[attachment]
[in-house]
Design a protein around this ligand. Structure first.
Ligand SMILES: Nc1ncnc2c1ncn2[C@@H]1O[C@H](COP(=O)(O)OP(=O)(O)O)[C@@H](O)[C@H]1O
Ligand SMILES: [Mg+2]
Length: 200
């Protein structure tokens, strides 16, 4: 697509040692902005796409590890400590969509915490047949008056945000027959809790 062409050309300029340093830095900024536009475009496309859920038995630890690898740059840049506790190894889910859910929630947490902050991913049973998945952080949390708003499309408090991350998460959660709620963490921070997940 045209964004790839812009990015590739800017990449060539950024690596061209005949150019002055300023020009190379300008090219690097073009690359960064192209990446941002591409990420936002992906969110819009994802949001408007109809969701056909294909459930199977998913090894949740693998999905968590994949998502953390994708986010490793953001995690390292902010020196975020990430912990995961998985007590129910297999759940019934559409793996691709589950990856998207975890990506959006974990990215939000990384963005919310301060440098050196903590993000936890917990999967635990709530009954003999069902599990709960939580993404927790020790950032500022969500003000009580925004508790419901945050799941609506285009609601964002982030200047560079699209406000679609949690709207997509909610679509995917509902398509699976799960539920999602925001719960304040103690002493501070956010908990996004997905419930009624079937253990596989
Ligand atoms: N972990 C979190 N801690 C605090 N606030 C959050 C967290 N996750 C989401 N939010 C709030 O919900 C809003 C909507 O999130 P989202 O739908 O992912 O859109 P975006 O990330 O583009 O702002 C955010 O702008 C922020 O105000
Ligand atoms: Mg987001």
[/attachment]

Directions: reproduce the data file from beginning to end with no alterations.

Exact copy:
[in-house]
Design a protein around this ligand. Structure first.
Ligand SMILES: Nc1ncnc2c1ncn2[C@@H]1O[C@H](COP(=O)(O)OP(=O)(O)O)[C@@H](O)[C@H]1O
Ligand SMILES: [Mg+2]
Length: 200
């Protein structure tokens, strides 16, 4: 697509040692902005796409590890400590969509915490047949008056945000027959809790 062409050309300029340093830095900024536009475009496309859920038995630890690898740059840049506790190894889910859910929630947490902050991913049973998945952080949390708003499309408090991350998460959660709620963490921070997940 045209964004790839812009990015590739800017990449060539950024690596061209005949150019002055300023020009190379300008090219690097073009690359960064192209990446941002591409990420936002992906969110819009994802949001408007109809969701056909294909459930199977998913090894949740693998999905968590994949998502953390994708986010490793953001995690390292902010020196975020990430912990995961998985007590129910297999759940019934559409793996691709589950990856998207975890990506959006974990990215939000990384963005919310301060440098050196903590993000936890917990999967635990709530009954003999069902599990709960939580993404927790020790950032500022969500003000009580925004508790419901945050799941609506285009609601964002982030200047560079699209406000679609949690709207997509909610679509995917509902398509699976799960539920999602925001719960304040103690002493501070956010908990996004997905419930009624079937253990596989
Ligand atoms: N972990 C979190 N801690 C605090 N606030 C959050 C967290 N996750 C989401 N939010 C709030 O919900 C809003 C909507 O999130 P989202 O739908 O992912 O859109 P975006 O990330 O583009 O702002 C955010 O702008 C922020 O105000
Ligand atoms: Mg987001």